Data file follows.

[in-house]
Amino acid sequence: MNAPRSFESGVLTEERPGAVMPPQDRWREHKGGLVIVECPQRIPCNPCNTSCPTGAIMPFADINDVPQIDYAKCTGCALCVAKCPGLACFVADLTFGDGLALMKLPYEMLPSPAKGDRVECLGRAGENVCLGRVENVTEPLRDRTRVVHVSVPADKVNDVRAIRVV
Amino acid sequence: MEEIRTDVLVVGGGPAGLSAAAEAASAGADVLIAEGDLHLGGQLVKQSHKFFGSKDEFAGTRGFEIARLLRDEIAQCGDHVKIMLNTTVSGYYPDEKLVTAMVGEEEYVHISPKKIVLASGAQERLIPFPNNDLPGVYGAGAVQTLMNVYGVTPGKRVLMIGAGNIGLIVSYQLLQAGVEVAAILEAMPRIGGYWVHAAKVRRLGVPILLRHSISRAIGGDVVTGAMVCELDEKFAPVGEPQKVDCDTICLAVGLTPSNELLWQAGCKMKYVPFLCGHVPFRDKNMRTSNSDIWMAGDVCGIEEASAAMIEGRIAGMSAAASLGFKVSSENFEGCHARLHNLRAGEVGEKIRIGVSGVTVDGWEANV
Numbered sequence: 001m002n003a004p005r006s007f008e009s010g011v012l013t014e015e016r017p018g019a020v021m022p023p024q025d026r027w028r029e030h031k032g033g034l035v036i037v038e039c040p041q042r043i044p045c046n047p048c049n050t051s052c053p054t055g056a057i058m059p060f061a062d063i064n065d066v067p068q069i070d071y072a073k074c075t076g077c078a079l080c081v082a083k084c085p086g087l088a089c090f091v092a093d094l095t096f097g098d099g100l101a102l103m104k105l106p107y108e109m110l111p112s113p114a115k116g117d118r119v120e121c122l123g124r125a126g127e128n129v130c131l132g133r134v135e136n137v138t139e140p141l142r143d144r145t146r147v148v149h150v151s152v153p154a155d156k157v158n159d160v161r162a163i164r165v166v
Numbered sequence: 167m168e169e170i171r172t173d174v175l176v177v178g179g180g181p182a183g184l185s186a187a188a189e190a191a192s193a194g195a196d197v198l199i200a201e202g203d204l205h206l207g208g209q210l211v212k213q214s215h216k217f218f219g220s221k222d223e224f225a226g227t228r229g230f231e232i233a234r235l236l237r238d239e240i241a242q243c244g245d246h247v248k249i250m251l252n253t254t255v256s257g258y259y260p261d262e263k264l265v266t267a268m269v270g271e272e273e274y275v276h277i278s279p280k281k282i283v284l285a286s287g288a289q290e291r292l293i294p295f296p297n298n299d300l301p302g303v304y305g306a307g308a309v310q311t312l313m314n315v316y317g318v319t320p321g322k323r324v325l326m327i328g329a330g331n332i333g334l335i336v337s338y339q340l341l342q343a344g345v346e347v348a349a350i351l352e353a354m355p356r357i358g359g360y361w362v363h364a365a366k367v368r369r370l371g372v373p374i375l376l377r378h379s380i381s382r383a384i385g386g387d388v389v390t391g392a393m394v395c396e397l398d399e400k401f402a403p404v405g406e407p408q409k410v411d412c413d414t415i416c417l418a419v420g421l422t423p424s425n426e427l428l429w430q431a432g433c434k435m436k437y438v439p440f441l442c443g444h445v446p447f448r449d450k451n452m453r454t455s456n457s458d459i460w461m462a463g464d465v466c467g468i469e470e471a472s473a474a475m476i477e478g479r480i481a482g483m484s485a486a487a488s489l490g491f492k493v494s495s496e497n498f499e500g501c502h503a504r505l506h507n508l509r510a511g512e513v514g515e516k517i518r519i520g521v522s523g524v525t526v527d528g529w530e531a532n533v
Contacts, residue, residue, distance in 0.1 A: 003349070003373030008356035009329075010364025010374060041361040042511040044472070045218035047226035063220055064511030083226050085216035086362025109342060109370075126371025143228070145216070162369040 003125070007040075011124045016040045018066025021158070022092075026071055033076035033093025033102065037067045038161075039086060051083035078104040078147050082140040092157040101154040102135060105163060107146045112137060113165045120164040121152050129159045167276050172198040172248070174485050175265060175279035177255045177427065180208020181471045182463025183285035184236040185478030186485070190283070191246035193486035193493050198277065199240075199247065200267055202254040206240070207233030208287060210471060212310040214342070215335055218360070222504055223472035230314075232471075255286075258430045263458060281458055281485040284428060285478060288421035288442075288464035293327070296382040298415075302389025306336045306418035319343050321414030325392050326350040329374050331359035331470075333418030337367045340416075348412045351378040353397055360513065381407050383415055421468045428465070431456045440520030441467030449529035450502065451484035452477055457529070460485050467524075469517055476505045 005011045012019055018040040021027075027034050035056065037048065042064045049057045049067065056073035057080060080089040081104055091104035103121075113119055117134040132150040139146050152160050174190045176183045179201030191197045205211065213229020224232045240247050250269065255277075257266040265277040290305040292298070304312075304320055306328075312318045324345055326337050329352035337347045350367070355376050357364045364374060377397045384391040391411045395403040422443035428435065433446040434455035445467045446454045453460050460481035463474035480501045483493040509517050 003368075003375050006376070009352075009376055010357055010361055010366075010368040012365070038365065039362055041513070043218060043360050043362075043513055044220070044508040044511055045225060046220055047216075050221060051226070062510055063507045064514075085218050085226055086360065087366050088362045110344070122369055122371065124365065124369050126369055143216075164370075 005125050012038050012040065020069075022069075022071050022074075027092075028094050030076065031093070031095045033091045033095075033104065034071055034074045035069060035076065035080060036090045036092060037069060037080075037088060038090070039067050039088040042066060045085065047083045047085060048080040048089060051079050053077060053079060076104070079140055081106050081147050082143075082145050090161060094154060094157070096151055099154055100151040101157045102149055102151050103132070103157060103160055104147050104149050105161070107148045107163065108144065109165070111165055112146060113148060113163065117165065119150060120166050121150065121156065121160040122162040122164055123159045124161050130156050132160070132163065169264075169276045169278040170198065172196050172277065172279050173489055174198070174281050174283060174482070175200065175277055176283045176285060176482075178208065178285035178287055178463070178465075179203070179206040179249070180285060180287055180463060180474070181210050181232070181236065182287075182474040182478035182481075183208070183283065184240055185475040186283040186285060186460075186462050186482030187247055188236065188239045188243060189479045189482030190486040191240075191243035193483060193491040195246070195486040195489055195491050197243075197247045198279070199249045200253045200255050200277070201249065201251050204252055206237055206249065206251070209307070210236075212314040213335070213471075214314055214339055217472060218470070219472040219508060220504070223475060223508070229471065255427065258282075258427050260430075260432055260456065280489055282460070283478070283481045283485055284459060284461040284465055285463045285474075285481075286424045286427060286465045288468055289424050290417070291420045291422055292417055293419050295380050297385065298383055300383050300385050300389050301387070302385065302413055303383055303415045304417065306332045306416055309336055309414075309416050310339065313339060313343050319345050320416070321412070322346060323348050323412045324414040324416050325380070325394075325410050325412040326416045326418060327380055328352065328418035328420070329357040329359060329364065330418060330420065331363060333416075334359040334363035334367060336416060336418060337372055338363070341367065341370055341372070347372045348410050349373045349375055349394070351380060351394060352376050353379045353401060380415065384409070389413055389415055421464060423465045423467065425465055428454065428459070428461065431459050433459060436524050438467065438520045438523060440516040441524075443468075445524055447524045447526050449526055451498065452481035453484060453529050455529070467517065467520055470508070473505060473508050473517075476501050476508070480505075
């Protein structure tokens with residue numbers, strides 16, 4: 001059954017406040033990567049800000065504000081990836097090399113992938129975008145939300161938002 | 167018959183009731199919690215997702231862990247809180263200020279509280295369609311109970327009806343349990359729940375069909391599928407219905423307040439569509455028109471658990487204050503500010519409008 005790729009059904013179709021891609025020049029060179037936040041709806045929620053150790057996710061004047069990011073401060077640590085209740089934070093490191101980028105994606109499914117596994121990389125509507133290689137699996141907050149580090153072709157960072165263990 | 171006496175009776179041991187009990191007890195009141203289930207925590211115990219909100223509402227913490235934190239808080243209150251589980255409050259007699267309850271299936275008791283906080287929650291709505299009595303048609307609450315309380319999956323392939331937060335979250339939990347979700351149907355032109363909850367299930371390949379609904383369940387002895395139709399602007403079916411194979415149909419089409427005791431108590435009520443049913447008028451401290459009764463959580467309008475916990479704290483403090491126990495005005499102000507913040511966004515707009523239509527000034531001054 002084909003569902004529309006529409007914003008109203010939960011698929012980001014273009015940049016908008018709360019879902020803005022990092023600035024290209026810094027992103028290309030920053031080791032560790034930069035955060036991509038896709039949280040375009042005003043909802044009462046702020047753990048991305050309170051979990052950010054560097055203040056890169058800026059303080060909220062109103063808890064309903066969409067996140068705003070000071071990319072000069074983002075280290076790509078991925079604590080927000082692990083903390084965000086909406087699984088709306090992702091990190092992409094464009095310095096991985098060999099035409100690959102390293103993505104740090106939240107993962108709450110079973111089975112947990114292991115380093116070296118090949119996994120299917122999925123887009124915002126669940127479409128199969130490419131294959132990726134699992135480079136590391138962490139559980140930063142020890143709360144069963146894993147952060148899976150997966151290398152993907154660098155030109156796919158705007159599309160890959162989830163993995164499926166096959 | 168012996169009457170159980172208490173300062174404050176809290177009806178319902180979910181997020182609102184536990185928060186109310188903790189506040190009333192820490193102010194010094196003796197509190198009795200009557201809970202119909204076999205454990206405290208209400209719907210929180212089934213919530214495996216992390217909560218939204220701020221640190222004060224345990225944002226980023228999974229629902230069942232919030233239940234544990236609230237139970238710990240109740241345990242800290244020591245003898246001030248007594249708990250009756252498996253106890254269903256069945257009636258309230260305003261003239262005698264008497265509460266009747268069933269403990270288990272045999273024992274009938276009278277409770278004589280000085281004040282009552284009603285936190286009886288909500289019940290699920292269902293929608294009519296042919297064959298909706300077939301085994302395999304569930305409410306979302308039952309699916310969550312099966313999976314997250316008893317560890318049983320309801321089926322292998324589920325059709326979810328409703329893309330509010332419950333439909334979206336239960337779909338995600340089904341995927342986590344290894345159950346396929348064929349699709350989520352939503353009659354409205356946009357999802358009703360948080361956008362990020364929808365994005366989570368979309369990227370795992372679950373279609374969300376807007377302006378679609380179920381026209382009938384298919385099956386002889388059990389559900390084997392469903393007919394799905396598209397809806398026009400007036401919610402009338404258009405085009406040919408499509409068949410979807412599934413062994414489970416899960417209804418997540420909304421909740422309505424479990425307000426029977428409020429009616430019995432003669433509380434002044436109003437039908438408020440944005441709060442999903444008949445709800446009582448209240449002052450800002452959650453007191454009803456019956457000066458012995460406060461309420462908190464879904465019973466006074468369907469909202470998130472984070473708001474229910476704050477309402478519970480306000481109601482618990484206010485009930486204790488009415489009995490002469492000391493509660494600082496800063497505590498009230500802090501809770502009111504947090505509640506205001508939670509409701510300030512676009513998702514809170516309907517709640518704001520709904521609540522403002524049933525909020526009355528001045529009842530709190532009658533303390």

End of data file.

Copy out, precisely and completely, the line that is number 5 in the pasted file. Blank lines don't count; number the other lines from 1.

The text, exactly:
Numbered sequence: 167m168e169e170i171r172t173d174v175l176v177v178g179g180g181p182a183g184l185s186a187a188a189e190a191a192s193a194g195a196d197v198l199i200a201e202g203d204l205h206l207g208g209q210l211v212k213q214s215h216k217f218f219g220s221k222d223e224f225a226g227t228r229g230f231e232i233a234r235l236l237r238d239e240i241a242q243c244g245d246h247v248k249i250m251l252n253t254t255v256s257g258y259y260p261d262e263k264l265v266t267a268m269v270g271e272e273e274y275v276h277i278s279p280k281k282i283v284l285a286s287g288a289q290e291r292l293i294p295f296p297n298n299d300l301p302g303v304y305g306a307g308a309v310q311t312l313m314n315v316y317g318v319t320p321g322k323r324v325l326m327i328g329a330g331n332i333g334l335i336v337s338y339q340l341l342q343a344g345v346e347v348a349a350i351l352e353a354m355p356r357i358g359g360y361w362v363h364a365a366k367v368r369r370l371g372v373p374i375l376l377r378h379s380i381s382r383a384i385g386g387d388v389v390t391g392a393m394v395c396e397l398d399e400k401f402a403p404v405g406e407p408q409k410v411d412c413d414t415i416c417l418a419v420g421l422t423p424s425n426e427l428l429w430q431a432g433c434k435m436k437y438v439p440f441l442c443g444h445v446p447f448r449d450k451n452m453r454t455s456n457s458d459i460w461m462a463g464d465v466c467g468i469e470e471a472s473a474a475m476i477e478g479r480i481a482g483m484s485a486a487a488s489l490g491f492k493v494s495s496e497n498f499e500g501c502h503a504r505l506h507n508l509r510a511g512e513v514g515e516k517i518r519i520g521v522s523g524v525t526v527d528g529w530e531a532n533v